Come Together: Park, Recreation and Open Space Cooperatives

By Haas, Glenn | Parks & Recreation, January 2003 | Go to article overview

Come Together: Park, Recreation and Open Space Cooperatives


Haas, Glenn, Parks & Recreation


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Come Together: Park, Recreation and Open Space Cooperatives

Park and recreation professionals are hardly strangers at building broad-based coalitions. But today's unique conditions require looking past previous models if we're to conserve for the future. Increasingly, our profession needs to establish cooperatives, an idea born in 1762 by Benjamin Franklin and thriving today.

A park, recreation and open space (PROS) cooperative is a recognized association of park, recreation, open space and related entities united voluntarily to achieve through collaboration what can't be achieved through individual and independent action. PROS cooperatives conserve the diversity of valued resources and recreation opportunities for the benefit these afford individuals, communities, the economy and the environment. PROS cooperatives:

Serve as a conduit connecting the diverse public, private and nonprofit entities managing parks, recreation resources and open spaces.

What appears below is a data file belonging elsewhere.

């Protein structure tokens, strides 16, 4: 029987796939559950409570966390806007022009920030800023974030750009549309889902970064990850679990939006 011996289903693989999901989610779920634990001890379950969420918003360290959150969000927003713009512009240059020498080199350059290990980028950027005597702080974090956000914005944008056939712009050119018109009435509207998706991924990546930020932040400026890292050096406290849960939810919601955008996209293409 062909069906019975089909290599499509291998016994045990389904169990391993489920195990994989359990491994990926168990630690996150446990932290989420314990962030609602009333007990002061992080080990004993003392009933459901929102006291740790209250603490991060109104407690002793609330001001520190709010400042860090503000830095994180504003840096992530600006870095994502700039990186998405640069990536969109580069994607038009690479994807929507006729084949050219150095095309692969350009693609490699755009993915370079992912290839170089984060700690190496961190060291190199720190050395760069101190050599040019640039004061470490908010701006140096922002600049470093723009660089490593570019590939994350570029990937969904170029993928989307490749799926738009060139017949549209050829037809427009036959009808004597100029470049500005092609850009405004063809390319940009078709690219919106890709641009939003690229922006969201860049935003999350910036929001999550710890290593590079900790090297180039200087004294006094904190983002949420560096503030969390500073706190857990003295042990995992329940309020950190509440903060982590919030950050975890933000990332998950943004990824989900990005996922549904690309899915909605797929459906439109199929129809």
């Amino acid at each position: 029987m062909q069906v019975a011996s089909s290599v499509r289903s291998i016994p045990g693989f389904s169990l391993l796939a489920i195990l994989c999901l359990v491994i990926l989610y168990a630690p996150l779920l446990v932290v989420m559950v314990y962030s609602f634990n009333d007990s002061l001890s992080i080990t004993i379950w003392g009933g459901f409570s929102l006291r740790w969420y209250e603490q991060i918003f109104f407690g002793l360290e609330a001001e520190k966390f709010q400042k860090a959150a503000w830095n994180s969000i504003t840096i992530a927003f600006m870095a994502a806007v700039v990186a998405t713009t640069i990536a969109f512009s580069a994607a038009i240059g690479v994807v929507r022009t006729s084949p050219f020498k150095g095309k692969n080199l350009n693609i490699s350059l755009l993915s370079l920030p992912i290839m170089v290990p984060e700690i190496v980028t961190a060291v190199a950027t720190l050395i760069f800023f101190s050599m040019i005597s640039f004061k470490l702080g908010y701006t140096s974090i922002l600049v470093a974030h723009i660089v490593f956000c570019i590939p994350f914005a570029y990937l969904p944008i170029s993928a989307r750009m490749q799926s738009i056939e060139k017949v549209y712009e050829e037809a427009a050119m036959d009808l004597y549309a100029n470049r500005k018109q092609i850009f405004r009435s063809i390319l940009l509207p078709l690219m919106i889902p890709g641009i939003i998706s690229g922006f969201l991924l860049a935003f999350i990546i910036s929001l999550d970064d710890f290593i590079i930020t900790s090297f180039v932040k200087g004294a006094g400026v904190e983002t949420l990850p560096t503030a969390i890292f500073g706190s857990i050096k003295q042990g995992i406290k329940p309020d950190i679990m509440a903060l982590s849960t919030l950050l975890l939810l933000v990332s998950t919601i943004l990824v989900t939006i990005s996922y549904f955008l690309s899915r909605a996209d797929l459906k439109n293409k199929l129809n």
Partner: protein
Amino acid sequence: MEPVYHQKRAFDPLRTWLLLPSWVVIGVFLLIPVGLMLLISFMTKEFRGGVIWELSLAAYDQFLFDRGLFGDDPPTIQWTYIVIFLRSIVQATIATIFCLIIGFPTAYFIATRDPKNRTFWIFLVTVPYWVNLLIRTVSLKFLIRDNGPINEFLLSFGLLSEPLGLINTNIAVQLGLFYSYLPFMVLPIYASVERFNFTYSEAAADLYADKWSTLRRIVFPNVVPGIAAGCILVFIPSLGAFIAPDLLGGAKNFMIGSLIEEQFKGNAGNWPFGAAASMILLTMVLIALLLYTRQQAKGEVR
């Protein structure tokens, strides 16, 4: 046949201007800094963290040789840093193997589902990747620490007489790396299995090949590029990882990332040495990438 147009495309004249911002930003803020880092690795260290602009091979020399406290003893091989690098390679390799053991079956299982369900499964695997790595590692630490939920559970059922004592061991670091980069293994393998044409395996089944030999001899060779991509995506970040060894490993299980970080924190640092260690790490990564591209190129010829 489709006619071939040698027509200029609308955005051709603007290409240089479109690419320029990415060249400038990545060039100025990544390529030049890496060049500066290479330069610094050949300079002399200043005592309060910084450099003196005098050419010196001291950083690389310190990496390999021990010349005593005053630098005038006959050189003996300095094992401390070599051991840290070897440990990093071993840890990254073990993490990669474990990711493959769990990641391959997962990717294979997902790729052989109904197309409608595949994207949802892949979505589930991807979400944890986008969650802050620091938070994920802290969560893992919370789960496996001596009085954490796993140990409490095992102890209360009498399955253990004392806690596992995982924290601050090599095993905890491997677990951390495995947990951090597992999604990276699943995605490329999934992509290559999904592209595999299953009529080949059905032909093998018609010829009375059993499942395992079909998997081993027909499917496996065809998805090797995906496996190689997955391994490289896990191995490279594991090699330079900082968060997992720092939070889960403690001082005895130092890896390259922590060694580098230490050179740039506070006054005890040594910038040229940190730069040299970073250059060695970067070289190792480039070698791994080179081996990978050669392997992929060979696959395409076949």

Pursue mutually identified needs, desires and opportunities that can be better achieved through collaboration.

Increase effectiveness through joint ventures.

Expand public understanding and support for conserving a seamless system of diverse recreation opportunities within regions, and help assure reasonable access and inclusiveness for all publics.

Foster a cooperative spirit, creative enterprise, and a level of public service and benefit that isn't possible through individual initiative.

PROS cooperatives have a few underlying principles.

Members are committed to corporate betterment: Cooperative members are investors in important endeavors that can be better achieved-and sometimes only achieved-through collaboration rather than independent action.

Mission is mutually defined: The mission of a PROS cooperative is framed by the mutually defined needs, desires and opportunities that can be better achieved through collaboration. Mutual interests can relate to planning, management, information, research, finances and physical connections. PROS cooperatives are recognizable associations: The nature of the association may range from an informed "virtual" organization, to one codified by a cooperative agreement or memorandum of understanding, to one legislated as a special district or other designation. Cooperatives should have a mission statement, organizational structure, responsibilities, planned direction, committed membership, leadership and accountability.

Membership is voluntary, diverse, open and committed: Membership is open to public (local, state and federal), private and nonprofit entities, and requires a commitment to collaboration. …

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